The difference between debt and deficit

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In today’s Autumn Statement, George Osborne reported that the deficit was down by a quarter, but that the debt will not start to fall until 2016. Confused? Here’s our guide to the difference between the two

Is there a difference between debt and Deficit?

a: Oh yes. The words are not interchangeable. In macroeconomics, they mean very different things.

Q: How?

a: Well the debt is the total amount the UK owes to other nations, in other words its total level of borrowing.

Q: And the deficit?

a: The deficit is the annual budget overspend by the government i.e. the difference between what it collects in revenue (eg taxes) and what it spends on services. If a government brings in more in taxes than it spends, we call that a budget surplus.

Q: So it’s quite possible that, while the deficit falls, the debt actually increases.

a: Correct. In fact, it’s inevitable while there is any deficit at all. Think of a household budget that starts with a balance of zero. If expenditure exceeds revenue/income by £100 every month after a year, the household will be in £1,200 of debt.

If we then reduce the monthly deficit to £50 by either increasing income or reducing expenditure, the debt after two years will be £1,800 – it’s increased, just at a slower rate.

Q: So all we have to do to reduce the UK deficit is cut spending?

a: Sadly, managing a national budget is not as simple as managing a household budget. When you reduce public spending, you can also reduce national tax take – by putting public workers out of work, for example, and choking off growth in the economy. You also risk increasing national costs, through social security benefits, such as Job Seekers’ Allowance.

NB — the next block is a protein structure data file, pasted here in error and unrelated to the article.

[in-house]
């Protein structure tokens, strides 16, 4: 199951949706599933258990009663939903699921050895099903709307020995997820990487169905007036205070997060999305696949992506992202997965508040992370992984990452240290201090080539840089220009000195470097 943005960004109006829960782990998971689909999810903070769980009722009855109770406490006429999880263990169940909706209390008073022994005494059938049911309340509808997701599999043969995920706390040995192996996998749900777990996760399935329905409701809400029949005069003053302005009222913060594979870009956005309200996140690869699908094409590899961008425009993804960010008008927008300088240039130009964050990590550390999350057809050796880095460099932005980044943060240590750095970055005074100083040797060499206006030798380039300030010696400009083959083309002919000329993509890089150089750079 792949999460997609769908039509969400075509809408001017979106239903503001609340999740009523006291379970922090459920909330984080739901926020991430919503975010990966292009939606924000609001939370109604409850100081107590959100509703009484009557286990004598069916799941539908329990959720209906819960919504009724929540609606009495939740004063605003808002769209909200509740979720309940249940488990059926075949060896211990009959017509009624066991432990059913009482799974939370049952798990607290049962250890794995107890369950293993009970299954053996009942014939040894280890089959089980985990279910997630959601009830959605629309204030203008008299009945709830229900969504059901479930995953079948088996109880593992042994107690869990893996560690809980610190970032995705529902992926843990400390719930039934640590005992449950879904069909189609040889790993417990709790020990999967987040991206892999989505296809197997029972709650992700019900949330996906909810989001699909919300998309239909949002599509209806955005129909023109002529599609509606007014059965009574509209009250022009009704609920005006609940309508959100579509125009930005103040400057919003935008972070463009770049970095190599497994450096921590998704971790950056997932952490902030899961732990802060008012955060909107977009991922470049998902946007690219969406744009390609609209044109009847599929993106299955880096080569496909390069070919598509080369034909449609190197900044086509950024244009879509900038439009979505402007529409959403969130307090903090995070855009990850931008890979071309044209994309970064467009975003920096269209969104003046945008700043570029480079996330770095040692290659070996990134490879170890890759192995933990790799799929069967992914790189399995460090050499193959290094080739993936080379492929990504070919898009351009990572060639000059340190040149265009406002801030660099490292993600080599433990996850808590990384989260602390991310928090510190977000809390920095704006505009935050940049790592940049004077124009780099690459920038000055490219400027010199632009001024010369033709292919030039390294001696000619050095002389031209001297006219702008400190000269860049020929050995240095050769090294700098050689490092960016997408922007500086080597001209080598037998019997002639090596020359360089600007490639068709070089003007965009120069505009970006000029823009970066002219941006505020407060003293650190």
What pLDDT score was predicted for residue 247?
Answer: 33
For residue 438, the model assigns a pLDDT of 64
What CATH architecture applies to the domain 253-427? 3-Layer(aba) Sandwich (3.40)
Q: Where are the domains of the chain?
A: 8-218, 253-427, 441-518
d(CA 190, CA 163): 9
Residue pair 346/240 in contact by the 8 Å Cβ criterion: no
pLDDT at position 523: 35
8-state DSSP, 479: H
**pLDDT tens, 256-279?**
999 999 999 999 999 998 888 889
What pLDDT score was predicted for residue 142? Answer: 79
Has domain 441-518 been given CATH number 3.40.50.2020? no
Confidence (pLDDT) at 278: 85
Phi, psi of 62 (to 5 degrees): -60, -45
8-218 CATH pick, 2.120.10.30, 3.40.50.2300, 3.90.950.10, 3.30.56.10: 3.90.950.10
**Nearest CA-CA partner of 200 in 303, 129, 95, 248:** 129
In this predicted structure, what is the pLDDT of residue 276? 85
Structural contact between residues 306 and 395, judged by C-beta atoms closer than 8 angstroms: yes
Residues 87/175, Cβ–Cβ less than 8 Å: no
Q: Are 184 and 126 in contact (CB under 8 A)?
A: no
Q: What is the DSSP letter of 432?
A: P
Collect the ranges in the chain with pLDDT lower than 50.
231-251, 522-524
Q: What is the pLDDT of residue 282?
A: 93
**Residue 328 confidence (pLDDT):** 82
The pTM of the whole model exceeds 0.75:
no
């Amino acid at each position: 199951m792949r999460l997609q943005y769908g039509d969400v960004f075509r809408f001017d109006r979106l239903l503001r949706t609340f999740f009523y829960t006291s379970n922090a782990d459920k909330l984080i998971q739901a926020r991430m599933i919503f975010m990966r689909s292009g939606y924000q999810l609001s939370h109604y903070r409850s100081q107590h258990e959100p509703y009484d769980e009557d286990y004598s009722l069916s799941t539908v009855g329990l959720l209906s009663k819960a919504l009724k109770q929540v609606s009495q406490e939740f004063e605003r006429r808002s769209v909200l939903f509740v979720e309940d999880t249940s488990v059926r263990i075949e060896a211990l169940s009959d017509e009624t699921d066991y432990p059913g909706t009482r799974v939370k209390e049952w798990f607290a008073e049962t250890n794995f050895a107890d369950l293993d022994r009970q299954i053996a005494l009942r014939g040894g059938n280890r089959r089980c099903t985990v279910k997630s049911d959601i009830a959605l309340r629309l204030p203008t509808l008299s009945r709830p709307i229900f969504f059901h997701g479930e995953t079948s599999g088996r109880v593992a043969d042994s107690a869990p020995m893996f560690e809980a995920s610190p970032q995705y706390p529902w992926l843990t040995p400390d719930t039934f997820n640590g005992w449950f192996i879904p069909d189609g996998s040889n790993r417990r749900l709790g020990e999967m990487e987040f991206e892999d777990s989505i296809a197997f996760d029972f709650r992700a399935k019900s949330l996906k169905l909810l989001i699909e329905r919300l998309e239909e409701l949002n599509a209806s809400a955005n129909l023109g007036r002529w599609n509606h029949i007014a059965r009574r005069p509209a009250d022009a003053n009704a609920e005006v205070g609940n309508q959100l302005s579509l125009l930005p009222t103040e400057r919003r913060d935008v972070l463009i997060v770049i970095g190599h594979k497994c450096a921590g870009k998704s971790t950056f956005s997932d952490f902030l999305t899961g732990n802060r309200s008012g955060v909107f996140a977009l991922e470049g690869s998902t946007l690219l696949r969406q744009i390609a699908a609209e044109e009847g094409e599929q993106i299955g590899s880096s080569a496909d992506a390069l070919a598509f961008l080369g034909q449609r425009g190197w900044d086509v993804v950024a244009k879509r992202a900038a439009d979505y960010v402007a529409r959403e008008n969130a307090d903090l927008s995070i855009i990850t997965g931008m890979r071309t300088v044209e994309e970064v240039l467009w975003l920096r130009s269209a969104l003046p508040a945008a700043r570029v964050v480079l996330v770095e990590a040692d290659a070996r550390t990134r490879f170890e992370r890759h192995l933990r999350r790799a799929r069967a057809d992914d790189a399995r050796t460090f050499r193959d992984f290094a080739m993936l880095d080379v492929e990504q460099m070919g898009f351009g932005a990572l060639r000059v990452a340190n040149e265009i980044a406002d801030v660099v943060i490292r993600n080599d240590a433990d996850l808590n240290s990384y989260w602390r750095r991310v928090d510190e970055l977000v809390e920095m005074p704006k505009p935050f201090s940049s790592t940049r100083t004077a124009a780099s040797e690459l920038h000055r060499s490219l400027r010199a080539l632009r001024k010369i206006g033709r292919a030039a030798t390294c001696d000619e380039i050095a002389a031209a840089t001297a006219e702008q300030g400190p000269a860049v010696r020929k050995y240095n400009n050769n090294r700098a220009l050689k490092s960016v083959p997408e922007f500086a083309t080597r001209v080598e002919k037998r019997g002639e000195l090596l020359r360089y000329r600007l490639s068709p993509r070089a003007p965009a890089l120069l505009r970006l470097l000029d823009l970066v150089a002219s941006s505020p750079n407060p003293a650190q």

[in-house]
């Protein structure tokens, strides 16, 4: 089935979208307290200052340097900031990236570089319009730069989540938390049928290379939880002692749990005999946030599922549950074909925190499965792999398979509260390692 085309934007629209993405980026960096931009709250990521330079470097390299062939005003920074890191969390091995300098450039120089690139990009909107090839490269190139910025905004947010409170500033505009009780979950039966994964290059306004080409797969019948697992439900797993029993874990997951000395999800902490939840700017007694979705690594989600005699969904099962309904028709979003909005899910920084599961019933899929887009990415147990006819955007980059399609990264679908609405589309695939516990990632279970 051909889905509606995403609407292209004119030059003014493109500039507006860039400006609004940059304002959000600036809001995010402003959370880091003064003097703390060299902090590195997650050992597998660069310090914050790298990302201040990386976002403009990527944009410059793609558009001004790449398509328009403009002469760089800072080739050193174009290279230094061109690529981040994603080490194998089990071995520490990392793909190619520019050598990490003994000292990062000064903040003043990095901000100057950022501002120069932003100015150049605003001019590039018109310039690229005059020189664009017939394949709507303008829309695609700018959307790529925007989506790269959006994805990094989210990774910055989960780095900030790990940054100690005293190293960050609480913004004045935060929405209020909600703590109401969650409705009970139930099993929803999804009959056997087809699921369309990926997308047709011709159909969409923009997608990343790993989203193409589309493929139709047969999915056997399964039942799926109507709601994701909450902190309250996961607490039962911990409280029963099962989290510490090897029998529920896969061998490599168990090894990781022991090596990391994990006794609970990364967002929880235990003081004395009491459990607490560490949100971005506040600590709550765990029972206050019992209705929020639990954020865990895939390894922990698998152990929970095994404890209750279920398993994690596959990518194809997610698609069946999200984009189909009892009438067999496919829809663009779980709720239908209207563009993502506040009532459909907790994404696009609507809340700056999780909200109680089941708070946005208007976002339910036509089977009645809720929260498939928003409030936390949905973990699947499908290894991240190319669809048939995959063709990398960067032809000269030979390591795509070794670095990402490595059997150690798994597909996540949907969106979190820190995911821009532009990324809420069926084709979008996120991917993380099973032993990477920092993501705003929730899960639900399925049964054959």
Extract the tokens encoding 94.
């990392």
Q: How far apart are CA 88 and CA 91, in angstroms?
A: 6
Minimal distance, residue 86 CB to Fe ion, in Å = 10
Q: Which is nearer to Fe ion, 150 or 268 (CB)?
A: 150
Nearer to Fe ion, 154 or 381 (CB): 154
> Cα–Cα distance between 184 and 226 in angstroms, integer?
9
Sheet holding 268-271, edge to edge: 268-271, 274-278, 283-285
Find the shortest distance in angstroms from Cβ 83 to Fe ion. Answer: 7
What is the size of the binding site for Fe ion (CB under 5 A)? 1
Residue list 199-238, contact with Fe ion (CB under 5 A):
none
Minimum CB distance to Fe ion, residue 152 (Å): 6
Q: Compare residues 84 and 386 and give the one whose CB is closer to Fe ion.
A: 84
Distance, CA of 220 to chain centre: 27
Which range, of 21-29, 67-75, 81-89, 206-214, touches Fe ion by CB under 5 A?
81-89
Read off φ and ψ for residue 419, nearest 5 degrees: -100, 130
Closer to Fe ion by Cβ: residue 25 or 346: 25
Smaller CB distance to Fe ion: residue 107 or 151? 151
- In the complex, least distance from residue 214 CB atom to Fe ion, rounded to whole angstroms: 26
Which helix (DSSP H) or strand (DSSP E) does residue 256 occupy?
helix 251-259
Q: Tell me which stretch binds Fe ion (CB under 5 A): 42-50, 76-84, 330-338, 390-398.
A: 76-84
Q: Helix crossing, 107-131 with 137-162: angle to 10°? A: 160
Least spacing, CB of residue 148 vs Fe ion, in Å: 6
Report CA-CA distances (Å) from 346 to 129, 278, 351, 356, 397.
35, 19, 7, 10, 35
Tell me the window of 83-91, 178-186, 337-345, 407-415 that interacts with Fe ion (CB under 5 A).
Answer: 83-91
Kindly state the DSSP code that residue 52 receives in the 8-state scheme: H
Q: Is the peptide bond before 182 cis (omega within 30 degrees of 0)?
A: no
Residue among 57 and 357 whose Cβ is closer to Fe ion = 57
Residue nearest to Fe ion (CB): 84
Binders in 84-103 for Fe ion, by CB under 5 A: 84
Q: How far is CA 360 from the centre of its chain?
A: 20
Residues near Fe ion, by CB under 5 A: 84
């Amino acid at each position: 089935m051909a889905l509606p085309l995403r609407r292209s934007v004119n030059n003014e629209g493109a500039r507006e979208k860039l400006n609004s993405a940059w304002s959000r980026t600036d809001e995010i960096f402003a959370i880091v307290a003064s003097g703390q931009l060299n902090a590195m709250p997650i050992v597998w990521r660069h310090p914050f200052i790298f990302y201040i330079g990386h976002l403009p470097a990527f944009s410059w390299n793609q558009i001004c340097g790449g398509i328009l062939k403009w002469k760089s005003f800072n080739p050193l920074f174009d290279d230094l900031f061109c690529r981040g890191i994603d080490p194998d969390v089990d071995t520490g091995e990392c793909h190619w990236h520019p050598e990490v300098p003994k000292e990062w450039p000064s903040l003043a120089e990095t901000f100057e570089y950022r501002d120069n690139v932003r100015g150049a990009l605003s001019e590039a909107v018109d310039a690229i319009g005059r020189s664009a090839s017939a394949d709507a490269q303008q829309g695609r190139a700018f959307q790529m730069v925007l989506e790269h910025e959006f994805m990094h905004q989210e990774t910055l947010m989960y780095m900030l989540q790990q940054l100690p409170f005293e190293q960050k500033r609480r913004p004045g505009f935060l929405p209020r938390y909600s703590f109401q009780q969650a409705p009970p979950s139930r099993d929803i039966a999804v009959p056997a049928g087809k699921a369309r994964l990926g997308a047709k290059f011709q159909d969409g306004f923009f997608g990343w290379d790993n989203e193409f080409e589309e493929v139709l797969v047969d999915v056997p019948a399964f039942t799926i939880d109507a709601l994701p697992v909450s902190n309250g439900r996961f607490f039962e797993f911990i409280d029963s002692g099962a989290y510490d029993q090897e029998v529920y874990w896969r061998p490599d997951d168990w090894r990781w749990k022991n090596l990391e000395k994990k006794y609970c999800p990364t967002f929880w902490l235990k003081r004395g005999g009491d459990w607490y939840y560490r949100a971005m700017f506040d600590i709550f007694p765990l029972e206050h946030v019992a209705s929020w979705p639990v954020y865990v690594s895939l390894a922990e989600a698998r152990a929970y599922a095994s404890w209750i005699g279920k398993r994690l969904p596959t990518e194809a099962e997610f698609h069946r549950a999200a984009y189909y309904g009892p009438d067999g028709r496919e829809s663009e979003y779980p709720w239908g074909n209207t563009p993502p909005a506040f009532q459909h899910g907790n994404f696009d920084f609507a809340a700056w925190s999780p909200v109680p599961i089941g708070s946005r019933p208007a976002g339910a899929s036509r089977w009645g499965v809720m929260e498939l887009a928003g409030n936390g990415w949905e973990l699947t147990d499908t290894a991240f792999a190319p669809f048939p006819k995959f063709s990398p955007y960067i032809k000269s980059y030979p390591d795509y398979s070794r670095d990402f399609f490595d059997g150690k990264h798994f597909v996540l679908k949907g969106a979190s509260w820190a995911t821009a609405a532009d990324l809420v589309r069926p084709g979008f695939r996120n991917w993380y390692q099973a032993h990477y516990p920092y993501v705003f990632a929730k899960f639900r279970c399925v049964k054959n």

Why has the deficit become so big?

a: One key reason is that the recent recession caused a sharp slowdown in economic activity. This meant that the government’s tax receipts were lower than forecast – and will continue to be. So the government has a smaller pot of money to pay for public spending, forcing it to meet the shortfall by borrowing.

Q: How much of the current deficit was caused by the hundreds of billions of pounds the Labour government spent supporting UK banks during and after the banking crisis?

a: Without the banking crisis, with the government borrowing just over 1% of national income each year, government debt would have stayed below 40% of national income – and was forecast to fall gradually over time, according to the Institute for Fiscal Studies (IFS), an independent economic research organisation.

After the crisis debt would have exceeded national income by the end of the decade if the government had not altered policy, the IFS says.

But even without the mitigating factor of the financial crisis, the Labour government’s spending plans were unsustainable, according to the IFS. This is because spending levels were based on the assumption that unsustainably high levels of economic activity and tax revenues over the past decade were here for good.


AAT Comment offers news and opinion on the world of business and finance from the Association of Accounting Technicians.

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